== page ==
# The Mandelbrot Set

The entire Mandelbrot fractal is contained in the simple formula:

Z = Z² + C

Where C is the x,y point being tested, expressed as a complex number x + yi. The formula is iterated starting with Z = 0, and each time setting the new Z value to Z^{2} + C. The Mandelbrot set is defined as all points C for which Z remains finite when iterated forever.

Because it's impossible to iterate forever, we stop after a maximum number of iterations and stop early if Z gets too big. If the magnitude of Z becomes greater than 2, then it will only grow with more iterations, so we can be sure that C is not in the set.

The image above was generated using 28 iterations. In my color scheme, the blue gradient represents areas where Z grew too big before all 28 iterations had completed. These areas are outside the set, but Z grows more slowly when you are near the set, so the number of iterations produces a nice glow effect. The white areas have finished all 28 iterations, and are *probably* inside the set, but doing more iterations will reveal some white areas that aren't in the set.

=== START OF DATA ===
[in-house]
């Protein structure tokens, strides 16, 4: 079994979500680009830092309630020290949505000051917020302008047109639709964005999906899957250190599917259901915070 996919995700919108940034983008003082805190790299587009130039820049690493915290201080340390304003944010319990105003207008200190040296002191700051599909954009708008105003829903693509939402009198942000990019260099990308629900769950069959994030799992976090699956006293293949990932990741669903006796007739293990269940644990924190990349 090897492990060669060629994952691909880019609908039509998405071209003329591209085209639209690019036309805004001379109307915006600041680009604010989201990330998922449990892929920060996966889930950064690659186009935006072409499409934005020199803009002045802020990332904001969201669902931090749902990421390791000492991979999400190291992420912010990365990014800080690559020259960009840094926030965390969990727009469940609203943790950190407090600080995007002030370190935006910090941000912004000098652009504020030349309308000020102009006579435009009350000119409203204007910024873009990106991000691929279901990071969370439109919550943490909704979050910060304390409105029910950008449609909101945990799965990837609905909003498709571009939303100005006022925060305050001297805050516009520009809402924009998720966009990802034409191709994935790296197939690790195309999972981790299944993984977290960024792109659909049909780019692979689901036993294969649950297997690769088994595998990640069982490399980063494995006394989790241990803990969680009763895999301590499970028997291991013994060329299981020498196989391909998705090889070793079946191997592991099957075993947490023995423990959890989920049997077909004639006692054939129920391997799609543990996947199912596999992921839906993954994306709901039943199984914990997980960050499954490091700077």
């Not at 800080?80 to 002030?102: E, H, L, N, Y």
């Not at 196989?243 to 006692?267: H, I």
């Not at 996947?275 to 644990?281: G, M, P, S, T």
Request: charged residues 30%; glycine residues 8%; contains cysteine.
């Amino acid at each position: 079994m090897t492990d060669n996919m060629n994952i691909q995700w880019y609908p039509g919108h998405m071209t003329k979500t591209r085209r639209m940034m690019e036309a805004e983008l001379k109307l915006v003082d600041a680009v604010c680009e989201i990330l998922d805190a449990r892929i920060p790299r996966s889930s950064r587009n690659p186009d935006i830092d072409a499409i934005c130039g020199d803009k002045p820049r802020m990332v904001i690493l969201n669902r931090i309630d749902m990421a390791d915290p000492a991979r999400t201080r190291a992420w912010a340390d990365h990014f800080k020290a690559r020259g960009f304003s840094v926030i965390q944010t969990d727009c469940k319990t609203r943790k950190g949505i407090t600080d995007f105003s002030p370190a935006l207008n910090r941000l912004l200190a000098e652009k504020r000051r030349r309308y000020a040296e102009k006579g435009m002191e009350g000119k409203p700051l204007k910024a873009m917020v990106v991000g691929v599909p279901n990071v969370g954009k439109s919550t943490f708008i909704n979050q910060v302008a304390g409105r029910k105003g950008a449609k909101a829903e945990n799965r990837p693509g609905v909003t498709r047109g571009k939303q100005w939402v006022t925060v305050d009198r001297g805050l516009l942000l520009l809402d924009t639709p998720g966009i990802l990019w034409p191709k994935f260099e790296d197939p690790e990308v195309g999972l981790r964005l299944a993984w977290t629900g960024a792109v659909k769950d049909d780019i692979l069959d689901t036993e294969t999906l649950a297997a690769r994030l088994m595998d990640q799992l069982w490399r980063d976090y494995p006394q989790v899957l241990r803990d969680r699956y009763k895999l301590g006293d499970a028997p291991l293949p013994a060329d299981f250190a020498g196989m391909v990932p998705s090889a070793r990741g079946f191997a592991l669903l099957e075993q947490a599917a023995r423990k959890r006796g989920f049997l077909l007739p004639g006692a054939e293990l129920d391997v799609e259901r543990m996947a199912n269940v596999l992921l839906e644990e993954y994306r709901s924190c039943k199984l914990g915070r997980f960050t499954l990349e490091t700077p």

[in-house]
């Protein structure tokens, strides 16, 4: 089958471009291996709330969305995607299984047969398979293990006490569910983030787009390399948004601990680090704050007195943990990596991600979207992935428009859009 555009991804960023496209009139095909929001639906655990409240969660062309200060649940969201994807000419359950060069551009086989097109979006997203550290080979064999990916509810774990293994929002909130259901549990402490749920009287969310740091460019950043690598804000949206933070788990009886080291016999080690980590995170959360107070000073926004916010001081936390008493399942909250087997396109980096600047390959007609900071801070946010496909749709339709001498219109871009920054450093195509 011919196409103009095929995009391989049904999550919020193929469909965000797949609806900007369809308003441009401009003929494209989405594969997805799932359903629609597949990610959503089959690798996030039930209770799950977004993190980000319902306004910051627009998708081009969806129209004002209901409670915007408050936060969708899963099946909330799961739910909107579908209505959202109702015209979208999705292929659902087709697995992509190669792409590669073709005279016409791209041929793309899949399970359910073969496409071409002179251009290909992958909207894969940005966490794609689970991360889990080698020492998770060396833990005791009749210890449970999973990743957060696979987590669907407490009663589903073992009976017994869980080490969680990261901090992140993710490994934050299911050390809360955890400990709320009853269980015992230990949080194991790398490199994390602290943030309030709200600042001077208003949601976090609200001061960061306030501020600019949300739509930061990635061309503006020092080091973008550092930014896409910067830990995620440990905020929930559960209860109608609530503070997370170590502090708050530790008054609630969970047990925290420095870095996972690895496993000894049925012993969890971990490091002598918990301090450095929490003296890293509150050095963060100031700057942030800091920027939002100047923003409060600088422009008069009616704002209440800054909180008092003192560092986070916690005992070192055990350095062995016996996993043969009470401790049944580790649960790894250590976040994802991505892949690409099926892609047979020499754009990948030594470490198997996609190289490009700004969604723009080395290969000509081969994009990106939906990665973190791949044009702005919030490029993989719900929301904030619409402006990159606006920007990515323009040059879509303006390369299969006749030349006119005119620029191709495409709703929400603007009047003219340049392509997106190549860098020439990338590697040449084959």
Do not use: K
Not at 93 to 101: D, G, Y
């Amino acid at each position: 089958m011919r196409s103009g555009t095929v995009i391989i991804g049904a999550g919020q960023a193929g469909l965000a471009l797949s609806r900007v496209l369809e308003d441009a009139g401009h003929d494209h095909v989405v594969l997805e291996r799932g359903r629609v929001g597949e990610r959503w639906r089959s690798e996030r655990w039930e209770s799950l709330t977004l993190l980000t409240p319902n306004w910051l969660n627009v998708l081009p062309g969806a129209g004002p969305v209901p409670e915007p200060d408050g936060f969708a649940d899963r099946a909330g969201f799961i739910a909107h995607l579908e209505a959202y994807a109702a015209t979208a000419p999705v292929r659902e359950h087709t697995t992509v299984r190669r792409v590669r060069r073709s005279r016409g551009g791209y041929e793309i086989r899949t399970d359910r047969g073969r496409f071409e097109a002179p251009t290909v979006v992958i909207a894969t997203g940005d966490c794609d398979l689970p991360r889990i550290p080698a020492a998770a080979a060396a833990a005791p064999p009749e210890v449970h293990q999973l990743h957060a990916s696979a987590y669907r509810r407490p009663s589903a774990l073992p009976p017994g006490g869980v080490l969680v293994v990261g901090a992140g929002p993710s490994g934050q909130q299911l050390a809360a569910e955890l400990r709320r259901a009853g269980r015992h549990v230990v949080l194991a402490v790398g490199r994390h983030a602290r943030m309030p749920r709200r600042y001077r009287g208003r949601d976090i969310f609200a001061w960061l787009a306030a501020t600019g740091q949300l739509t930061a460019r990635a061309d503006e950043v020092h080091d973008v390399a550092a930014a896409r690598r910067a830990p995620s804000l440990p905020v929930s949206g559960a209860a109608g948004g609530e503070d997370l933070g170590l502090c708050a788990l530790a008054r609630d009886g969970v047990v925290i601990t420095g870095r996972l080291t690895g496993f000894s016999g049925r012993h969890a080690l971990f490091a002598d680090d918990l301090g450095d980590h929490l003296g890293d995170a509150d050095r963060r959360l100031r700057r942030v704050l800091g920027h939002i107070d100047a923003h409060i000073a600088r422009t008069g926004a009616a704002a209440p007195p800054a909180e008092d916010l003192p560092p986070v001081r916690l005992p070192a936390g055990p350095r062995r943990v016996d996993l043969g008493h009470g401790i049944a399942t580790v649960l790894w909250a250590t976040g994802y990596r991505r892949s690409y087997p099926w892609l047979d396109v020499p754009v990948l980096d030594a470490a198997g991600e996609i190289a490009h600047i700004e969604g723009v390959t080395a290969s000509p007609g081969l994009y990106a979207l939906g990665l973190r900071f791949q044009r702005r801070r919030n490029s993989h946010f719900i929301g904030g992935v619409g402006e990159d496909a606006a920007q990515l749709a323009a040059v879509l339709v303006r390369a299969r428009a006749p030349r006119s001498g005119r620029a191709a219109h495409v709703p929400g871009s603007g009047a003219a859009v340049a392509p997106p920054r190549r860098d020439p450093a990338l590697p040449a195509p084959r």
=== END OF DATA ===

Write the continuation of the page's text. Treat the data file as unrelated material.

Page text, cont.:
It takes more iterations (more computational effort) to draw a clear image as you get closer to the boundary of the Mandelbrot set. Interestingly, the detail of the fractal also increases. Because complex number multiplication rotates the coordinates of the number, each Mandelbrot iteration increases the "swirlyness" of the fractal.

For example, look at the fractal boundary when using 28 iterations:

(Click to Open in the Mandelbrot Viewer)

Now watch as the number of iterations is increased from 28 to 128:

Now zoom into the area on the left, and increase to 2048 iterations. Look at these "octopus" patterns! They're much more complex than anything you can find using only 28 iterations.

(Click to Open in the Mandelbrot Viewer)

As you can see, the patterns become more and more artistic, swirly, and beautiful as you increase the number of iterations!

My favorite is 128 iterations because it's small enough that my viewer runs smoothly on most GPUs, but it's high enough to show a lot of detail, like these snowflakes:

(Click to Open in the Mandelbrot Viewer)

If you zoom in far enough, everything will become pixelated, but that is not the end of the fractal! The pixel blocks are merely the end of your computer's number precision. It takes more digits to go deeper into the fractal, which becomes too slow to compute in real time. The Mandelbrot fractal is like the digits of pi. It goes on forever, but gets harder to compute the further you go.